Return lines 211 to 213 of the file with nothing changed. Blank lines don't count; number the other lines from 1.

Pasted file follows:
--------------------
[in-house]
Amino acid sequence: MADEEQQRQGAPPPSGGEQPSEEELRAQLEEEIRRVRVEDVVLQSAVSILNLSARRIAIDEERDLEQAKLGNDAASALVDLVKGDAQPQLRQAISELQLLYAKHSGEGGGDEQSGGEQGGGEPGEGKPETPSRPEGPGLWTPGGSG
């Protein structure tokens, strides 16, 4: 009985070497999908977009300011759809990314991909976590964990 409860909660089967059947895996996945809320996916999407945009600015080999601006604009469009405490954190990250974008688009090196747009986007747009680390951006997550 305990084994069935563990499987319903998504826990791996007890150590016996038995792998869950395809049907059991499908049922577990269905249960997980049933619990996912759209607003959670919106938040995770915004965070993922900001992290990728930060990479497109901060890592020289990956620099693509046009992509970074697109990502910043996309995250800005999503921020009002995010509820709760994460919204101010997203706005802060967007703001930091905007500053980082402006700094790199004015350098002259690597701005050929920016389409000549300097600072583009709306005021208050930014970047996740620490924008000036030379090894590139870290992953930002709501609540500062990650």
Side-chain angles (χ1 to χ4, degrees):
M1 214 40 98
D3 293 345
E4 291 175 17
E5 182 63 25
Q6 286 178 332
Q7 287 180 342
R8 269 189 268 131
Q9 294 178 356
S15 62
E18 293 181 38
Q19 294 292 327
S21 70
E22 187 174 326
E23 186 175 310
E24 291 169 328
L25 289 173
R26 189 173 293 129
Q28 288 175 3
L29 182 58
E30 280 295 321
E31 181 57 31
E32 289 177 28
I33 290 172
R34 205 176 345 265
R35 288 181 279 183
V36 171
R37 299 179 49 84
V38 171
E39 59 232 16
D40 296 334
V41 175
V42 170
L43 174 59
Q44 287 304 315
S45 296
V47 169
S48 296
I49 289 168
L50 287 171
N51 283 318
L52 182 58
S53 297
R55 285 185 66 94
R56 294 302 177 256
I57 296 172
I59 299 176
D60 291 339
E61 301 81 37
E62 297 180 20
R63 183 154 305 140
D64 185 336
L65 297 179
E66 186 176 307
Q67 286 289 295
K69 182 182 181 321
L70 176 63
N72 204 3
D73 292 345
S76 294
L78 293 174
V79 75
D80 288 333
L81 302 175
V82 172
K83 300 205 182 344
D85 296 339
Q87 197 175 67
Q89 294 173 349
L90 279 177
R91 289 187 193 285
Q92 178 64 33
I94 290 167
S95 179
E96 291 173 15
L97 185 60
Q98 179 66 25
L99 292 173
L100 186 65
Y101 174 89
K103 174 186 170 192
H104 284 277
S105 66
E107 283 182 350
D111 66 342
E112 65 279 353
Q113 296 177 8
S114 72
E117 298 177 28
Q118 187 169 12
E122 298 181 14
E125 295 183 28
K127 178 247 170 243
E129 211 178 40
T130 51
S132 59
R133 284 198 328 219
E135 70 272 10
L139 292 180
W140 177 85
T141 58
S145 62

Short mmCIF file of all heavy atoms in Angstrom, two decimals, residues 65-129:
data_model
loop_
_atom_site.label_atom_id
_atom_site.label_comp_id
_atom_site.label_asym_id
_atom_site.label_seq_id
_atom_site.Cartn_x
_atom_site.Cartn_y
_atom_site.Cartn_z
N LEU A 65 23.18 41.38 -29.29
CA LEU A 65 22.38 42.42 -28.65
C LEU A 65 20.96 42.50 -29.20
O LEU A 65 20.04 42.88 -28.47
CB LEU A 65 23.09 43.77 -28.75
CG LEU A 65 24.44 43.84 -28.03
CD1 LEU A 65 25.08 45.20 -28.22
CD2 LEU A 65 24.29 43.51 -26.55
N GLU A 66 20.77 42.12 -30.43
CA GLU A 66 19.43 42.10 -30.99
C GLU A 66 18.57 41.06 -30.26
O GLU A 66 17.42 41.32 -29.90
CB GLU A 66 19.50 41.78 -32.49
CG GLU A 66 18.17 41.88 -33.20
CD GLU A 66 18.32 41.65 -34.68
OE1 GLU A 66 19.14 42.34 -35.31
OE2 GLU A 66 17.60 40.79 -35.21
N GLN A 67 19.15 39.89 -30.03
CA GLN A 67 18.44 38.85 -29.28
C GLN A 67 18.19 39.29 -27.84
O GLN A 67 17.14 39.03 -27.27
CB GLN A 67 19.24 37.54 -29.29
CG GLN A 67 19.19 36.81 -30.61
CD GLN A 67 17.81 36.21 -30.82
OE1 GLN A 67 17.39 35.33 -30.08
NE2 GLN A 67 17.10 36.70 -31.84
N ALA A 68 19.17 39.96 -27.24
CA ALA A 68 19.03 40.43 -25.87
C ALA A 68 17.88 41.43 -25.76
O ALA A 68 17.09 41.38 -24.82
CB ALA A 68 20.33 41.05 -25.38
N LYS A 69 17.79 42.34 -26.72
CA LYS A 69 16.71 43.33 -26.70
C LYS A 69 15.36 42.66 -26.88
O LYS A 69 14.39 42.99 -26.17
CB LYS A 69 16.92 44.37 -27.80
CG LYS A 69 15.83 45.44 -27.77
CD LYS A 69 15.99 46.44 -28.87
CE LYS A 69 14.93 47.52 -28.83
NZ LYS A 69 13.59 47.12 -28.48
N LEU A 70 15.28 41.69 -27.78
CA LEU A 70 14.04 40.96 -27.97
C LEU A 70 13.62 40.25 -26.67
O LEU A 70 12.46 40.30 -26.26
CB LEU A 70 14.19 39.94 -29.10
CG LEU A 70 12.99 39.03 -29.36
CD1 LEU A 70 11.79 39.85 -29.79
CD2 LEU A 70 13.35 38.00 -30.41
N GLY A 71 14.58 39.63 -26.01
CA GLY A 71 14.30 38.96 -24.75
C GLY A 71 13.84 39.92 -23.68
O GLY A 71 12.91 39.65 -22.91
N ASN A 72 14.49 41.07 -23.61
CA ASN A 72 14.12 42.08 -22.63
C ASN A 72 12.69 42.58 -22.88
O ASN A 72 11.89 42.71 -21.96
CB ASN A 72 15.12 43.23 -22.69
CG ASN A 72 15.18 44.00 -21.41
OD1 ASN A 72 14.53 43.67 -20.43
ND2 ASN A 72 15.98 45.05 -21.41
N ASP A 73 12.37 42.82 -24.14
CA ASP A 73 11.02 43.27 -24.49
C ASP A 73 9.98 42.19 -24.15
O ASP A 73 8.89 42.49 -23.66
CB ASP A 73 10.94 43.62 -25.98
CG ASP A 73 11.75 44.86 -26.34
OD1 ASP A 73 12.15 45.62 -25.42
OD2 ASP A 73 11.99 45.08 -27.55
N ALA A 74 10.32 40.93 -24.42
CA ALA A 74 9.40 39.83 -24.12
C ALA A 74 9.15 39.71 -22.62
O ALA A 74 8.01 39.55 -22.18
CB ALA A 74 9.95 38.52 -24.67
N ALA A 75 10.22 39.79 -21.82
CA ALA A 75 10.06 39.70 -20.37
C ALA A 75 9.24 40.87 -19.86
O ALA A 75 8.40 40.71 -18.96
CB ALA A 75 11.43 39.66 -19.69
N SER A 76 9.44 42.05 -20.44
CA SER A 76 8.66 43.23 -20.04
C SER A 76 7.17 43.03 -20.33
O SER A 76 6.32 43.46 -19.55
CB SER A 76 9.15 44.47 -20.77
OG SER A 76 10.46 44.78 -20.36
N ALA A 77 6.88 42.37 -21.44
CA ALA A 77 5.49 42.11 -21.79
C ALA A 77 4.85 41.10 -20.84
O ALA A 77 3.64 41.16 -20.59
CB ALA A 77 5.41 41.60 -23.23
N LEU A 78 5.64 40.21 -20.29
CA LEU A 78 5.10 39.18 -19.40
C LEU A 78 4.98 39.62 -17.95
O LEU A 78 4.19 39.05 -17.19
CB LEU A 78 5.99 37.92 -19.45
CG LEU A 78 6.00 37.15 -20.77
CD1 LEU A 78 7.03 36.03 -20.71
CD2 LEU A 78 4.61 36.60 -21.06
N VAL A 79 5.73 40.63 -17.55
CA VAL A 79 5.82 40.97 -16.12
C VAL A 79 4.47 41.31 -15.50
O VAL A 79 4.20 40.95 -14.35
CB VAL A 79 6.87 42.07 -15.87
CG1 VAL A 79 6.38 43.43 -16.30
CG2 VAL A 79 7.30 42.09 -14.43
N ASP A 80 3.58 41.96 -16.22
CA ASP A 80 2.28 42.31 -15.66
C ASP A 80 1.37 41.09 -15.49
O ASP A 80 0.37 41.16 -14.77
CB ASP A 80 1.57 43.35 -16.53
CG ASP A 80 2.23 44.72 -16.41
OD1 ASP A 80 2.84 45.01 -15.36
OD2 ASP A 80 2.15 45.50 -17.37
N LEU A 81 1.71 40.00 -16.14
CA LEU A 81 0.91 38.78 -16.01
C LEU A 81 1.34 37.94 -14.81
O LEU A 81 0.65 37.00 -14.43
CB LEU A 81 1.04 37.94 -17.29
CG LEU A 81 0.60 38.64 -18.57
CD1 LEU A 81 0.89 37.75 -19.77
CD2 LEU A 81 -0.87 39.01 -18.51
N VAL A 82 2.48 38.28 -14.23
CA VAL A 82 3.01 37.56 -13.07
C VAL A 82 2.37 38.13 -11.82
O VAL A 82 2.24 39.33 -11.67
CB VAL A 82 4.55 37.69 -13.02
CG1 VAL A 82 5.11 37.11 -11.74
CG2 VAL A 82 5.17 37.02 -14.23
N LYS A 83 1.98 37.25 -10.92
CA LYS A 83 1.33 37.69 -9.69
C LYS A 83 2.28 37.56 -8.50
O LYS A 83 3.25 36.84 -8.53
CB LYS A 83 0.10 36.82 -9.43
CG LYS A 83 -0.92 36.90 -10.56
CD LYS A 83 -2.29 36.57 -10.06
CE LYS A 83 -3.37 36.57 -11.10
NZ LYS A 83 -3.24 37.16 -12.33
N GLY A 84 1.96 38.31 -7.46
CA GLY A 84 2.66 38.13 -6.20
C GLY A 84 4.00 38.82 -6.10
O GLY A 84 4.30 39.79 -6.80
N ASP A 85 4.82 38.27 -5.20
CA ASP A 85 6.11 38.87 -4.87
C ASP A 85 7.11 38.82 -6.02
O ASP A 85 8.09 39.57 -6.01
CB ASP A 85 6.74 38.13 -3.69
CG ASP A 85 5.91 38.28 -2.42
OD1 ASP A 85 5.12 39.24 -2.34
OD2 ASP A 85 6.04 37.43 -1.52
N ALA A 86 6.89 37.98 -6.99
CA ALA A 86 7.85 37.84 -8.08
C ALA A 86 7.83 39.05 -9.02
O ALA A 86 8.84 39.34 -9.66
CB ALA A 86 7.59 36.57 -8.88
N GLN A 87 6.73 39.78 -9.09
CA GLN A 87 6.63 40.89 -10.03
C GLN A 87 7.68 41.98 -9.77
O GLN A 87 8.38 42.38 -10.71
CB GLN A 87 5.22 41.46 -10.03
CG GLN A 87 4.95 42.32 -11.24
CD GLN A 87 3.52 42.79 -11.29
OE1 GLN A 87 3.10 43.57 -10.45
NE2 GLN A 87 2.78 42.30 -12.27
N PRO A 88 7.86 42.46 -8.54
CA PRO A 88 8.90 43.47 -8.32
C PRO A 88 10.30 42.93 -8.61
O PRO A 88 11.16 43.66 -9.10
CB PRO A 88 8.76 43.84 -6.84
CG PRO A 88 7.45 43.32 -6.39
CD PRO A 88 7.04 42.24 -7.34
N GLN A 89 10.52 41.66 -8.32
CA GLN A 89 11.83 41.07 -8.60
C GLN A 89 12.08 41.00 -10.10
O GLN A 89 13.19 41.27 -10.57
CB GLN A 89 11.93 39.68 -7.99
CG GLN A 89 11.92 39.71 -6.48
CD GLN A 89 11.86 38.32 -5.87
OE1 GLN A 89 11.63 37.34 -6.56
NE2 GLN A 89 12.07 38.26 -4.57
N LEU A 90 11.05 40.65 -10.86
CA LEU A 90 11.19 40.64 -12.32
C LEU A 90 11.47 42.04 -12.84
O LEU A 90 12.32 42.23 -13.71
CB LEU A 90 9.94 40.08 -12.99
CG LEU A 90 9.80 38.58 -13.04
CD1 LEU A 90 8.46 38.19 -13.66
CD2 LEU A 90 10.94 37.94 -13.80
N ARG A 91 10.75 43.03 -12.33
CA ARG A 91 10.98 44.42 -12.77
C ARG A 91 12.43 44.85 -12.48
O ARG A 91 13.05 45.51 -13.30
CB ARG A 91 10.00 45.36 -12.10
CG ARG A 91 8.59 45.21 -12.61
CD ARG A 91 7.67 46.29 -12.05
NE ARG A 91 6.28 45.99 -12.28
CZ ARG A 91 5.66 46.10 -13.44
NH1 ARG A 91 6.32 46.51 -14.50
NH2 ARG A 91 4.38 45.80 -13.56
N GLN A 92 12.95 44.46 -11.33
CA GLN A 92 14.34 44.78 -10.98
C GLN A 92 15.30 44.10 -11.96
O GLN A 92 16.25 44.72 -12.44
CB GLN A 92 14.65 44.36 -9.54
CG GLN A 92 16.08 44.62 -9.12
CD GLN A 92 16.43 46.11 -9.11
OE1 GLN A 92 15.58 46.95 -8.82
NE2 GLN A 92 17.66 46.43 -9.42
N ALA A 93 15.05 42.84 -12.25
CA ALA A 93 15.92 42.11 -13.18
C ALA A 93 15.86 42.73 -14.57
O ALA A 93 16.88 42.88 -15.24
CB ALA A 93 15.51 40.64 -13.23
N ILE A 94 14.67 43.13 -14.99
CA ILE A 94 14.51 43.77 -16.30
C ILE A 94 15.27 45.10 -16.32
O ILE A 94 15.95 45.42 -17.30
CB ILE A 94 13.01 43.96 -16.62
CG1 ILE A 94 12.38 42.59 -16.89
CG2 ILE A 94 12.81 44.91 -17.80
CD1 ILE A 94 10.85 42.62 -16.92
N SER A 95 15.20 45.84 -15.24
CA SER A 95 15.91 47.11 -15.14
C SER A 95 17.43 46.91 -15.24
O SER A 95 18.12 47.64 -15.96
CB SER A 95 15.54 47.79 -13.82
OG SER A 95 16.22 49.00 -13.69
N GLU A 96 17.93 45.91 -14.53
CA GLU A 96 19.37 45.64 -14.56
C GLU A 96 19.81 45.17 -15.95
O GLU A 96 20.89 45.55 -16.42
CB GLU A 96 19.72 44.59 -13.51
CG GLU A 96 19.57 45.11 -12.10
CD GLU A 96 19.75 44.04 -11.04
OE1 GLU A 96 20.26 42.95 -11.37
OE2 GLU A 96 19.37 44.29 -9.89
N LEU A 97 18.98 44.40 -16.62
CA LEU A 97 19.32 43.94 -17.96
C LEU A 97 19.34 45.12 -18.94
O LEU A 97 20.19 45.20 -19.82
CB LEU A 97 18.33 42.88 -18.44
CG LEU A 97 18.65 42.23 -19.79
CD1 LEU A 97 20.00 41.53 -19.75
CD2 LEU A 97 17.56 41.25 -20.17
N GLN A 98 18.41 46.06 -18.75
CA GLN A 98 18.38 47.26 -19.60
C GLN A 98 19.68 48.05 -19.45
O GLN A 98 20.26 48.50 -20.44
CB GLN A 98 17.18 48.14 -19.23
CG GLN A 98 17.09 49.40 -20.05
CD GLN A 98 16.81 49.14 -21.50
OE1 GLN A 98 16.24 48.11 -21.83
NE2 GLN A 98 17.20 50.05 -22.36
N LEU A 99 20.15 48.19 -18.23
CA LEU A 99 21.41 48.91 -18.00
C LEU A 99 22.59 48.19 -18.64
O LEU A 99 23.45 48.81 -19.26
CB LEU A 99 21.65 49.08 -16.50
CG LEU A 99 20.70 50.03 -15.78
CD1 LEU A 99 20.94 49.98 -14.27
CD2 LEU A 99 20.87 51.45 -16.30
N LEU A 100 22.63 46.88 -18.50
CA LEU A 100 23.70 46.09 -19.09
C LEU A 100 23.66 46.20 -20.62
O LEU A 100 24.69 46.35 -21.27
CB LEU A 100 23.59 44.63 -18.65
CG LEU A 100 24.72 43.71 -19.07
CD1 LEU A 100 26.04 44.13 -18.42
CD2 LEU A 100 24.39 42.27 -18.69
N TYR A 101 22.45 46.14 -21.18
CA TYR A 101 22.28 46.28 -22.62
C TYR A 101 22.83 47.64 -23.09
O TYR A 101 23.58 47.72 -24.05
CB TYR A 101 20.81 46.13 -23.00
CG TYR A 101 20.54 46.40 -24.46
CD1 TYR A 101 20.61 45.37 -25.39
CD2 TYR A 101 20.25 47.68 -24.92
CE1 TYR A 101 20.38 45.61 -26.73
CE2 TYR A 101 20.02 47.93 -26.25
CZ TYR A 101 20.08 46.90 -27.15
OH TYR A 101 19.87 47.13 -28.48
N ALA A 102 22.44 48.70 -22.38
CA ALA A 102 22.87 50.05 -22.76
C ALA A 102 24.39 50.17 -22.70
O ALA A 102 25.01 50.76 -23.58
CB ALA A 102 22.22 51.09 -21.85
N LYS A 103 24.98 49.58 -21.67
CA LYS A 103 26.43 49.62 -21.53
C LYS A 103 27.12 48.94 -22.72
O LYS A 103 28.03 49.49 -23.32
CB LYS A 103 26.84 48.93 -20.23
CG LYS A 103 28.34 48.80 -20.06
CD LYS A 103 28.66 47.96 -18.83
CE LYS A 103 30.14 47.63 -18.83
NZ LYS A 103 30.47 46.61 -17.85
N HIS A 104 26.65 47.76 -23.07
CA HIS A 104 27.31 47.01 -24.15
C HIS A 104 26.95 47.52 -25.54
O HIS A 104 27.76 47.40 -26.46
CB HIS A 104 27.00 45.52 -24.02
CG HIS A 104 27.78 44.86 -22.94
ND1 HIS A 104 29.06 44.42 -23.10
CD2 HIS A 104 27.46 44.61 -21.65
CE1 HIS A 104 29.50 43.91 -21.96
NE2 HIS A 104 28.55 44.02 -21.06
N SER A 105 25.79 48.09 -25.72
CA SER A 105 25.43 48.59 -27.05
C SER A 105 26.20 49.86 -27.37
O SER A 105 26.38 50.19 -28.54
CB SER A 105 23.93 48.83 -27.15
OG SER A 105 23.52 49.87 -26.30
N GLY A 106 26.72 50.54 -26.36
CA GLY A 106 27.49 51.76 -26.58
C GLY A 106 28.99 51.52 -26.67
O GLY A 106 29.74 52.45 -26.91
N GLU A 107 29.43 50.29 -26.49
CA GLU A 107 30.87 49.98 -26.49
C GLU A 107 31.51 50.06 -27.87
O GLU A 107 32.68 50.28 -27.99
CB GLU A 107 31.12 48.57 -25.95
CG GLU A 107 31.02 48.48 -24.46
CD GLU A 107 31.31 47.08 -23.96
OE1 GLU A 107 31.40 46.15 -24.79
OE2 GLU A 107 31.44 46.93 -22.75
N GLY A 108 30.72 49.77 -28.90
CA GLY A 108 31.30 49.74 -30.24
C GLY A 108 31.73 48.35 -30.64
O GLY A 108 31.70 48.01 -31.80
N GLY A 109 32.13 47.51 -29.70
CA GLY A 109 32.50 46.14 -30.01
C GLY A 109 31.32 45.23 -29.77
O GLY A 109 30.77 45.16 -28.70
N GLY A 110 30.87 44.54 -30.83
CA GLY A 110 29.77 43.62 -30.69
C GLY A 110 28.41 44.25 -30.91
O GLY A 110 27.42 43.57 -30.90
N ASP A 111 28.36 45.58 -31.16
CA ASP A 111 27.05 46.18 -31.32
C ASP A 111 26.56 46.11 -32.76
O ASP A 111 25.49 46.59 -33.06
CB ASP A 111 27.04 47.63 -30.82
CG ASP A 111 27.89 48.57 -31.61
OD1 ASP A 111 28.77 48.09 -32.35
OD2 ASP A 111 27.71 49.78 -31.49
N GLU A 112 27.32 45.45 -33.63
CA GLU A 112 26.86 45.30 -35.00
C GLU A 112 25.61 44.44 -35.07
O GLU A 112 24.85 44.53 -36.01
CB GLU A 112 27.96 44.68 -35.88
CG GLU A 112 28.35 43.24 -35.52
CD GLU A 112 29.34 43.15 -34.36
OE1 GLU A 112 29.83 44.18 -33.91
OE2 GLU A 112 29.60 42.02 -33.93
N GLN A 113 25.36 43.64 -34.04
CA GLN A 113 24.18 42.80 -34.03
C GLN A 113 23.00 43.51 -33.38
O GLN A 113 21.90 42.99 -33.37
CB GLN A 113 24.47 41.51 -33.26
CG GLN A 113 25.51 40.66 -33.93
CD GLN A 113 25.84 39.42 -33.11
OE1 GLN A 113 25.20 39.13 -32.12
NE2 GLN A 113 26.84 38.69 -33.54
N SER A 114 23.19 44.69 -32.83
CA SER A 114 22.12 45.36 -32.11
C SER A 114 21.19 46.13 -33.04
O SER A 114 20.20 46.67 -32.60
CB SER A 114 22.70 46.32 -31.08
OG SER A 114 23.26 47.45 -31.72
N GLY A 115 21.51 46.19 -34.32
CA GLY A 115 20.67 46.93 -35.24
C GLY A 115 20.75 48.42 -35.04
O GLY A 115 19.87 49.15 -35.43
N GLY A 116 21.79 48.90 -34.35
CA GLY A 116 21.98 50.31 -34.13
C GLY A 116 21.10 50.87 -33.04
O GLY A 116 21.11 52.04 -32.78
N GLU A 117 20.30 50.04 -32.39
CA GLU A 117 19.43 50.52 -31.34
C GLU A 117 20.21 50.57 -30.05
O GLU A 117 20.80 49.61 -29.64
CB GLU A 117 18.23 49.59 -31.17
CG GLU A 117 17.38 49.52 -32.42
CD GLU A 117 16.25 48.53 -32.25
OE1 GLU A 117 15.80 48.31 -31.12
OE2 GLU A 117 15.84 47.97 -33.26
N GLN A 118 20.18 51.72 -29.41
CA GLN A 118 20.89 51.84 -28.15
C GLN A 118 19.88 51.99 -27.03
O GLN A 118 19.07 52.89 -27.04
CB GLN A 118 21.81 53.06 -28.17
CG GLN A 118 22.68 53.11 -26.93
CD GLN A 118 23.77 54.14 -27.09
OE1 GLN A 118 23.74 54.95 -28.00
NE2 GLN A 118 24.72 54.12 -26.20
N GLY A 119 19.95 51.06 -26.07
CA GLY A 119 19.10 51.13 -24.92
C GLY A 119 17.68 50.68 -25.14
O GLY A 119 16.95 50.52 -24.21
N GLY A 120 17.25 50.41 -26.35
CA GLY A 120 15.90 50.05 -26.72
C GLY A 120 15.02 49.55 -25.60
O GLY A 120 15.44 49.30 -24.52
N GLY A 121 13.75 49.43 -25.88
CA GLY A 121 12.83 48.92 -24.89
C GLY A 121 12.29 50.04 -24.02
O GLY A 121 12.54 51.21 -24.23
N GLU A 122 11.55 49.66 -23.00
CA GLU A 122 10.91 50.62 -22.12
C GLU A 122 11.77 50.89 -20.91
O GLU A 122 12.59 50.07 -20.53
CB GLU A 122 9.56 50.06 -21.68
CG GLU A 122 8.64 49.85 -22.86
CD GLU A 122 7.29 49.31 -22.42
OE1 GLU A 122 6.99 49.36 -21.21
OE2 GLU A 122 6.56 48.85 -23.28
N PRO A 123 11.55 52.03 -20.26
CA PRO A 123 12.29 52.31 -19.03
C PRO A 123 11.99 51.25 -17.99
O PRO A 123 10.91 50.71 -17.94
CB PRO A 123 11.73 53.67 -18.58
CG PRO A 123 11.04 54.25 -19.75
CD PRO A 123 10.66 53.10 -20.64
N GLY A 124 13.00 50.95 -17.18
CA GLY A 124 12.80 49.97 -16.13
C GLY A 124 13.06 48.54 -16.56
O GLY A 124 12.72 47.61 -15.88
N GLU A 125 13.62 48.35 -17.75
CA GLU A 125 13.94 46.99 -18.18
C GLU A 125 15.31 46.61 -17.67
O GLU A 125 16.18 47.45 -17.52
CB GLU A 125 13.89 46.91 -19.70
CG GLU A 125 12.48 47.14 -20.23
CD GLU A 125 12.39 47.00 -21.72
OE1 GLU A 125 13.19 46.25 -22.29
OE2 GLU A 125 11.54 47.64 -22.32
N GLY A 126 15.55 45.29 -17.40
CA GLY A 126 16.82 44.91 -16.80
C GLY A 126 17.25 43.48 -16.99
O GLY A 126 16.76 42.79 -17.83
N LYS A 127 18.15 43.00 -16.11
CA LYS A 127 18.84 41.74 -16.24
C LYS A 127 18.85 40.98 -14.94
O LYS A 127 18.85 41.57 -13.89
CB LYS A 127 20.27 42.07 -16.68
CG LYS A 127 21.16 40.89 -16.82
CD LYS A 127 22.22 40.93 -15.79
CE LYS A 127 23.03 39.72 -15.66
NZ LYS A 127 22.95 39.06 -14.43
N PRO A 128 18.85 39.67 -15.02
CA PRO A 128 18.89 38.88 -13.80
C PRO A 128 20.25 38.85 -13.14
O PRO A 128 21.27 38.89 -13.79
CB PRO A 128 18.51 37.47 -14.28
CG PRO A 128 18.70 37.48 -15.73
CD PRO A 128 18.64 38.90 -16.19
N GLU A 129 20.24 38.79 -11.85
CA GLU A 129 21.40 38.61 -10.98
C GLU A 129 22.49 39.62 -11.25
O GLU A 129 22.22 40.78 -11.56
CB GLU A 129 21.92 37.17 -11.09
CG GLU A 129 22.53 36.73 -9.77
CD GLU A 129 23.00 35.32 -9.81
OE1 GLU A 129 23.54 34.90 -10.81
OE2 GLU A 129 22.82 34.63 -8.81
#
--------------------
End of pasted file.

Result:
CD1 LEU A 78 7.03 36.03 -20.71
CD2 LEU A 78 4.61 36.60 -21.06
N VAL A 79 5.73 40.63 -17.55